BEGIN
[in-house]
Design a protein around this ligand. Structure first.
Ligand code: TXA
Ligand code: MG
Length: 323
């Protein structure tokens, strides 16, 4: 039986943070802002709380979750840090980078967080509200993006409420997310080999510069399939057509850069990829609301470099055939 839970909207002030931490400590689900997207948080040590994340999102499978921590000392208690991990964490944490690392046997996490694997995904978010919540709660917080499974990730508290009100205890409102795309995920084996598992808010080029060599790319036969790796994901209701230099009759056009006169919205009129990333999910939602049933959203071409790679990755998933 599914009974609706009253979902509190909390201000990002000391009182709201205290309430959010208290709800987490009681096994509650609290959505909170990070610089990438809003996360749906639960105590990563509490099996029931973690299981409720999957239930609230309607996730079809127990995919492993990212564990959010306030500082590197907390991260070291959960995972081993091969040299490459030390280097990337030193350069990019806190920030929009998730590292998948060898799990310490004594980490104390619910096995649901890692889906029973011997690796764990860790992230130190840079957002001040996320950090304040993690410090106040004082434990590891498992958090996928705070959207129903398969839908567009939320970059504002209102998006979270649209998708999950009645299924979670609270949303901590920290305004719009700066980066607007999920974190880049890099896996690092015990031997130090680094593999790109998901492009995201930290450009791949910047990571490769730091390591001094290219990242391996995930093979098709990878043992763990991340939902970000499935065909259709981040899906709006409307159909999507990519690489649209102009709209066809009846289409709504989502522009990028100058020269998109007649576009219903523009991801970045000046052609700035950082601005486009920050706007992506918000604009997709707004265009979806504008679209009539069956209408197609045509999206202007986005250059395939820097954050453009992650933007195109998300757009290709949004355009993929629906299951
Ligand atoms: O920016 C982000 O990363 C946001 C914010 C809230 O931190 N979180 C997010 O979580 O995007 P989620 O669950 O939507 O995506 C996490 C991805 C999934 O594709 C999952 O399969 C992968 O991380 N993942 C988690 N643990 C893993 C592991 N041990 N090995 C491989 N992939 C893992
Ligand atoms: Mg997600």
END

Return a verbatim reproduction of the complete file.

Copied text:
[in-house]
Design a protein around this ligand. Structure first.
Ligand code: TXA
Ligand code: MG
Length: 323
């Protein structure tokens, strides 16, 4: 039986943070802002709380979750840090980078967080509200993006409420997310080999510069399939057509850069990829609301470099055939 839970909207002030931490400590689900997207948080040590994340999102499978921590000392208690991990964490944490690392046997996490694997995904978010919540709660917080499974990730508290009100205890409102795309995920084996598992808010080029060599790319036969790796994901209701230099009759056009006169919205009129990333999910939602049933959203071409790679990755998933 599914009974609706009253979902509190909390201000990002000391009182709201205290309430959010208290709800987490009681096994509650609290959505909170990070610089990438809003996360749906639960105590990563509490099996029931973690299981409720999957239930609230309607996730079809127990995919492993990212564990959010306030500082590197907390991260070291959960995972081993091969040299490459030390280097990337030193350069990019806190920030929009998730590292998948060898799990310490004594980490104390619910096995649901890692889906029973011997690796764990860790992230130190840079957002001040996320950090304040993690410090106040004082434990590891498992958090996928705070959207129903398969839908567009939320970059504002209102998006979270649209998708999950009645299924979670609270949303901590920290305004719009700066980066607007999920974190880049890099896996690092015990031997130090680094593999790109998901492009995201930290450009791949910047990571490769730091390591001094290219990242391996995930093979098709990878043992763990991340939902970000499935065909259709981040899906709006409307159909999507990519690489649209102009709209066809009846289409709504989502522009990028100058020269998109007649576009219903523009991801970045000046052609700035950082601005486009920050706007992506918000604009997709707004265009979806504008679209009539069956209408197609045509999206202007986005250059395939820097954050453009992650933007195109998300757009290709949004355009993929629906299951
Ligand atoms: O920016 C982000 O990363 C946001 C914010 C809230 O931190 N979180 C997010 O979580 O995007 P989620 O669950 O939507 O995506 C996490 C991805 C999934 O594709 C999952 O399969 C992968 O991380 N993942 C988690 N643990 C893993 C592991 N041990 N090995 C491989 N992939 C893992
Ligand atoms: Mg997600």